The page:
Wednesday, March 19, 2014

Learning About One's Creative Capacities

I rubbed chalk all over a paper then I put paint all over it. Next I put dots all over the paper and outlined them. And that was how I made it.
Artist statements reveal much about a child's creative process. These windows into the learner's creative capacities reveal degrees of independent thinking, unique interests, attention to learning activity and confirmation of uniqueness and individuality.

Learner directed experiences matter because when learners are outside the structure of the classroom, what structures are they left with to support the continuation of their creative thinking? The truth? They are left with memories of their experience. How interesting the activity is to the learner determines how much attention the learner is going to invest into the learning event. How attentive were children during their learning activities?  How deep and compelling the experience is, and how much of the learning process the learner accepts into his or her character, determines how long memories and learning will last. This process can become cyclical.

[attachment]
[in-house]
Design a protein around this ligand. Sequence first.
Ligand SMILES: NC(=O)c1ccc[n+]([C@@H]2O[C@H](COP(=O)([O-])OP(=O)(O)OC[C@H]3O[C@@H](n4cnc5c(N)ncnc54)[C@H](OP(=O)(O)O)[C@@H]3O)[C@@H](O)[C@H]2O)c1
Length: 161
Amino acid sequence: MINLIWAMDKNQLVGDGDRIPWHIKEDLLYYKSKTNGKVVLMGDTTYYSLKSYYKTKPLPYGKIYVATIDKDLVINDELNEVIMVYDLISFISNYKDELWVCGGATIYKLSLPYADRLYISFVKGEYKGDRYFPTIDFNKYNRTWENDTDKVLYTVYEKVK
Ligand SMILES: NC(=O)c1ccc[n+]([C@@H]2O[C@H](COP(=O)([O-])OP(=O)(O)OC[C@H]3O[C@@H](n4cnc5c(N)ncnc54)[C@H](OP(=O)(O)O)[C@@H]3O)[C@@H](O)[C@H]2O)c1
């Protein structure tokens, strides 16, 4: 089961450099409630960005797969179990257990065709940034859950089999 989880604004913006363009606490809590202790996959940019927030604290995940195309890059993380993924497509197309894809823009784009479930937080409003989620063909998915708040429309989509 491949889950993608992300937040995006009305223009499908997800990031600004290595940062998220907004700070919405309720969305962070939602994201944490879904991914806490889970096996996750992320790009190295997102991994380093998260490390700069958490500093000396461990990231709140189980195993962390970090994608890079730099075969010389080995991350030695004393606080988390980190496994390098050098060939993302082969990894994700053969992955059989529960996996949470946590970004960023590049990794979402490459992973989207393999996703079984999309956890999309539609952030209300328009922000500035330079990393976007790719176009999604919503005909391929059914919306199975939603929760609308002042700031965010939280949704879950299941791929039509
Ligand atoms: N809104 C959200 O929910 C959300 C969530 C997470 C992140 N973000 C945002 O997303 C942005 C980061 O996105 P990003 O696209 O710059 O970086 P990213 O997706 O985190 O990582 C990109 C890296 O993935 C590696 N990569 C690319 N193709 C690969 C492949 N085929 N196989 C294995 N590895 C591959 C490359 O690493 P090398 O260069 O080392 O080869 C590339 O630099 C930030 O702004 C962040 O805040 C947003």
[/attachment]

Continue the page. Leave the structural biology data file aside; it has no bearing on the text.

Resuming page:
Choice art teachers provide learners with ample opportunities to develop authentic multi-sensory, trans-disciplinary learning experiences, generated from and attached to existing memories and interests that have deep roots within the mind.

Affirming children's time sensitive ideas, allowing them to discover their own styles and capacities for independent thinking will unlock their emotional drive and set them on a course toward future self-directed pathways where they become confident, active, independent learners and metacognitive thinkers.

No comments: